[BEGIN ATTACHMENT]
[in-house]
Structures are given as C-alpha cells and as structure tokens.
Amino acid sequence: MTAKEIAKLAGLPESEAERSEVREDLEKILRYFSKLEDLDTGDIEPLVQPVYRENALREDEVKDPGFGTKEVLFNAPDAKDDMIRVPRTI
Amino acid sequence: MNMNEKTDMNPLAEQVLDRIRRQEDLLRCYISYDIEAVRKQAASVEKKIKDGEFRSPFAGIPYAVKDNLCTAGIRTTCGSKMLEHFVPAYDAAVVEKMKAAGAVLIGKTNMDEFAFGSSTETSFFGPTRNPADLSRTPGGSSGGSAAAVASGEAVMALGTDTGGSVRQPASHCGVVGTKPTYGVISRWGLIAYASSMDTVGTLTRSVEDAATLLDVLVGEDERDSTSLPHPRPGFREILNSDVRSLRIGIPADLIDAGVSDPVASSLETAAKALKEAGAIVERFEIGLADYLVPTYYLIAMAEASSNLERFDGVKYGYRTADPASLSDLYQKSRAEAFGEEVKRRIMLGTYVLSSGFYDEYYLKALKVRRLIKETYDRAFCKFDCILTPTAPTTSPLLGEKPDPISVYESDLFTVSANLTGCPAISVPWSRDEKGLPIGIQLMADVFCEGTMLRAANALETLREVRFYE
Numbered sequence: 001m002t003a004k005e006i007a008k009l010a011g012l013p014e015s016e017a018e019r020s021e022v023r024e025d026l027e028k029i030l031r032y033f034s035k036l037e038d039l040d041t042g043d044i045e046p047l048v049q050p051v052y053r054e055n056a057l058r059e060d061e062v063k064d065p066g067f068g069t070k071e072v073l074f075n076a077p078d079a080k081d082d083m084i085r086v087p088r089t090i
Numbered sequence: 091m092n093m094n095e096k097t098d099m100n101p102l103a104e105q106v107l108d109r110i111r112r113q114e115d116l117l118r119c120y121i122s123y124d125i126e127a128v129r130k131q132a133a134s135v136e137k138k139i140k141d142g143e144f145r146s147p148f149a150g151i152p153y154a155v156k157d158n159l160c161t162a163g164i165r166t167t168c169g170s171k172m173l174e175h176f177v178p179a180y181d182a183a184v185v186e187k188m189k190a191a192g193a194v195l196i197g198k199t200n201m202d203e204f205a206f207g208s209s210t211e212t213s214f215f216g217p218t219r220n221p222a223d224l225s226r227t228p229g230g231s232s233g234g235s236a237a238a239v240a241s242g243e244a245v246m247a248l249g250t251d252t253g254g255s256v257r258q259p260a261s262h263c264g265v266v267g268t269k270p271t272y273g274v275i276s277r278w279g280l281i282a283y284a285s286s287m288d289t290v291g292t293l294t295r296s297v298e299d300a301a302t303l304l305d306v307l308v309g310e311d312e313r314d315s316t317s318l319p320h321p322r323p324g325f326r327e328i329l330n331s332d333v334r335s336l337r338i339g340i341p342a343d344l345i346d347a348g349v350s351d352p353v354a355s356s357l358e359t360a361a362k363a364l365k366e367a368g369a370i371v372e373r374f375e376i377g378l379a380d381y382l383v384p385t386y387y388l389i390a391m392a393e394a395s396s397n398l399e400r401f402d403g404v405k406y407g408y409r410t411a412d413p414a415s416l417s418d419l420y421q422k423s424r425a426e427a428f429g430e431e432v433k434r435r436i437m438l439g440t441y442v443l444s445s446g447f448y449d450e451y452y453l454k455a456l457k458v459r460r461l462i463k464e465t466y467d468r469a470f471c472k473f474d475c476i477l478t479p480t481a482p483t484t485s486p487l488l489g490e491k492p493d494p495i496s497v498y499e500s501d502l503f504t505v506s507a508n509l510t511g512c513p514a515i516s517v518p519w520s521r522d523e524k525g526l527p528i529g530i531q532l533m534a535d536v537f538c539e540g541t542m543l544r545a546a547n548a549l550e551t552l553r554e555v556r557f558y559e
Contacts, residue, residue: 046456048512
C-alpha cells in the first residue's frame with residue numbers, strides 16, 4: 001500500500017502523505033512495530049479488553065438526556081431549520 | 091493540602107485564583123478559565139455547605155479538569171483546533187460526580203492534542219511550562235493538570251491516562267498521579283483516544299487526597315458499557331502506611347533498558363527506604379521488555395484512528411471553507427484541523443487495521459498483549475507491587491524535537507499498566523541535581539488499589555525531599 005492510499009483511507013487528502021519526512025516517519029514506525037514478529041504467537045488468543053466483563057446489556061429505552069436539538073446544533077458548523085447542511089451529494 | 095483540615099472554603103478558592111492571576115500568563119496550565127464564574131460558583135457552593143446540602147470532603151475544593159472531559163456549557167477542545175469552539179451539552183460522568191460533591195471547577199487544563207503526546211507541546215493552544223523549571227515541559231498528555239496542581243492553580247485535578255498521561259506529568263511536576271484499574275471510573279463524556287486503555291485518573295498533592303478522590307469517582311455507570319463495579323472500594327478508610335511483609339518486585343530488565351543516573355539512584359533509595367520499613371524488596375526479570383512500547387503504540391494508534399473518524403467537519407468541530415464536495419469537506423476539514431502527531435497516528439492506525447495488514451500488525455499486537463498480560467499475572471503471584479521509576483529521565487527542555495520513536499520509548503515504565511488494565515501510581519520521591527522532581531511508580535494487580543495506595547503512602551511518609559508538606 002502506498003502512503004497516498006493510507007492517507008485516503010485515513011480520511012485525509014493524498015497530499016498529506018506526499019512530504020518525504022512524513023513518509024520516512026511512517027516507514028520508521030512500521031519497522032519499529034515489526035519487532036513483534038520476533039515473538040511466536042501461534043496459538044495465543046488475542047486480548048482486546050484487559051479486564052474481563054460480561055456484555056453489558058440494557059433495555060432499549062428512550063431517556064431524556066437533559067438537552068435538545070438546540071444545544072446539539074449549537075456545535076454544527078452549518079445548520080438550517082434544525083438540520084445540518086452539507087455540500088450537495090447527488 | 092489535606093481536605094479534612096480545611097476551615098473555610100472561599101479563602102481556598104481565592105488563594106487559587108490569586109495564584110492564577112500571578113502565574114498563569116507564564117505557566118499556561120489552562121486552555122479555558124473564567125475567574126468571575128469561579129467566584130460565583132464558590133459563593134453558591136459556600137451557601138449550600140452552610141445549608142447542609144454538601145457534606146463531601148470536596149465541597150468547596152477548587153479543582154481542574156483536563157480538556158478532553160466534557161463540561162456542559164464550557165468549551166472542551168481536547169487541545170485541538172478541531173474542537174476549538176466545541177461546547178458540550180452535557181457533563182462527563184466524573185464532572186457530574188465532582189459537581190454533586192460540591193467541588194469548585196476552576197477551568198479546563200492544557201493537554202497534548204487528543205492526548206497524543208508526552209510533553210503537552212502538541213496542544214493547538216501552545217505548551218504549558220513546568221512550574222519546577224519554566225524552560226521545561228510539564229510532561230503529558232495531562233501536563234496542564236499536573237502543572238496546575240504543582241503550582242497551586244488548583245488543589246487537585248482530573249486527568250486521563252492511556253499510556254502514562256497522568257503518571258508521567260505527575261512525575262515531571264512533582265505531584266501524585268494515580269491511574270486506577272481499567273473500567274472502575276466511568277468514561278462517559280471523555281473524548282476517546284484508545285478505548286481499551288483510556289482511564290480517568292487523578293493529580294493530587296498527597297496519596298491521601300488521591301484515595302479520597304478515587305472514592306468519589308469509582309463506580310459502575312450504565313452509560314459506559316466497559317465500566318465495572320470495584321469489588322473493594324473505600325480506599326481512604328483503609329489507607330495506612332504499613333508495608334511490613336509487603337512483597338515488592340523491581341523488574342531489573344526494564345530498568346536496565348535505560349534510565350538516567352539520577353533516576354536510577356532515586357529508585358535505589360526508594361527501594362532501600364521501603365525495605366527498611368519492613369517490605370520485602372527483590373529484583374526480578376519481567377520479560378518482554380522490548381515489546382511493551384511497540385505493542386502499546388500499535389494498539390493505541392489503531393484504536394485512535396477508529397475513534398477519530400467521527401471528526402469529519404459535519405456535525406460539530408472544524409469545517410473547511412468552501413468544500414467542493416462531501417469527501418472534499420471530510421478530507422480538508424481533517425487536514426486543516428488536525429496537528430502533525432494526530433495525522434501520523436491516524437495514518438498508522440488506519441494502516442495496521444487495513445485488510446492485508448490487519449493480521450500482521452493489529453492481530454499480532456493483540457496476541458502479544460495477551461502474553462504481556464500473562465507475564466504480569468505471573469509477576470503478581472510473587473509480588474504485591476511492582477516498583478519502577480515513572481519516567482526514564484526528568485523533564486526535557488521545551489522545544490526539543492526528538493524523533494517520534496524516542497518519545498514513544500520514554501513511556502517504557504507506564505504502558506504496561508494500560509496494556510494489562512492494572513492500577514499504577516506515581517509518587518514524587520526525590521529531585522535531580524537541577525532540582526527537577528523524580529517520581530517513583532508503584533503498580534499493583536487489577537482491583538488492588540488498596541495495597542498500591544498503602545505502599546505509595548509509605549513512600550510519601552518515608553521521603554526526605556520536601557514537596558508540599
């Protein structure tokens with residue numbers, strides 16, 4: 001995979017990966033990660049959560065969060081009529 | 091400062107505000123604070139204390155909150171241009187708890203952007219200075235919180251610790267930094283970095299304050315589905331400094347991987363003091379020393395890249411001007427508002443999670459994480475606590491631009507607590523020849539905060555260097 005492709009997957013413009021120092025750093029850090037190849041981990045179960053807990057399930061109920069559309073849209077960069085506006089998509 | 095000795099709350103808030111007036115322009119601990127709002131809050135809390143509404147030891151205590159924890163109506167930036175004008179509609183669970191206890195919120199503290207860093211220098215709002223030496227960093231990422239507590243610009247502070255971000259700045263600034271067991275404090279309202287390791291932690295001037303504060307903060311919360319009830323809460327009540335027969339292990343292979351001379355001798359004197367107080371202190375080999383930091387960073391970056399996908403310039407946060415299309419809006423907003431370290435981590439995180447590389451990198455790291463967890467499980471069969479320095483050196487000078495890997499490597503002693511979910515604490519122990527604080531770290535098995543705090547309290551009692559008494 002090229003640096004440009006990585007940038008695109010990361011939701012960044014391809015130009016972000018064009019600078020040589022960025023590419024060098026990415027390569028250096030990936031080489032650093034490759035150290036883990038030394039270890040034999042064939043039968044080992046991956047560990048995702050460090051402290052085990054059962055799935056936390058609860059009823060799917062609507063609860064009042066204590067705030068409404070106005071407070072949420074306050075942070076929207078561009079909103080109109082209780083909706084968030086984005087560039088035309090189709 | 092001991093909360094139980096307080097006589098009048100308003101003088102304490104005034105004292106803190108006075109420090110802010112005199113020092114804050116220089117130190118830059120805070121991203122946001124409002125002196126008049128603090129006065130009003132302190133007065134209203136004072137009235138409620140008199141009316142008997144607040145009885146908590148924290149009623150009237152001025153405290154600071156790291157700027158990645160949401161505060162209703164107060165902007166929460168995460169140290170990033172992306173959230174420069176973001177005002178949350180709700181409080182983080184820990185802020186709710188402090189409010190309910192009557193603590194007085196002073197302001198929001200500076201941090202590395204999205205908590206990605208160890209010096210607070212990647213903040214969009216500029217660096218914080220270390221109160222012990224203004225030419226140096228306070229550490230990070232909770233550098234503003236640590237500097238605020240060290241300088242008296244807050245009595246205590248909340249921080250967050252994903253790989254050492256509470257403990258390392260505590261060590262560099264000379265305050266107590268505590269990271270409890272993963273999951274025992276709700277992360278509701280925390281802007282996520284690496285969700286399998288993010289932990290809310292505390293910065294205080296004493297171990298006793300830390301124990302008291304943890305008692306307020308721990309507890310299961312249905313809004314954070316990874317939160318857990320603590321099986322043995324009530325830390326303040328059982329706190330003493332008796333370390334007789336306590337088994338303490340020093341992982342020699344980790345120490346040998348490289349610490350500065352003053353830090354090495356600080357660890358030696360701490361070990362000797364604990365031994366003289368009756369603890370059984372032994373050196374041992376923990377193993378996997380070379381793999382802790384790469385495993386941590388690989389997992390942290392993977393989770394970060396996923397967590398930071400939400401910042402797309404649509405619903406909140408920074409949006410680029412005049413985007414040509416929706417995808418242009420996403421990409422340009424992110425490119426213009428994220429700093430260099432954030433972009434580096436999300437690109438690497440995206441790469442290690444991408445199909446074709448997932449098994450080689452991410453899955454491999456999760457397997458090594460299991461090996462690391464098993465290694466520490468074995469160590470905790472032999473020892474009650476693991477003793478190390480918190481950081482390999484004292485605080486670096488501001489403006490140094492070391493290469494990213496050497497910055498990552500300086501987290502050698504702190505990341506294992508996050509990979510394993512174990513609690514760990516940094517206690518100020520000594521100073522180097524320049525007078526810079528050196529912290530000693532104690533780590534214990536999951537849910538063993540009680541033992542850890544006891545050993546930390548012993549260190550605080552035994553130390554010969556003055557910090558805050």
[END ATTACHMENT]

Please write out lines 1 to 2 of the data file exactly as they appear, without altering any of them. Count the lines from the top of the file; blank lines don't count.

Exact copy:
[in-house]
Structures are given as C-alpha cells and as structure tokens.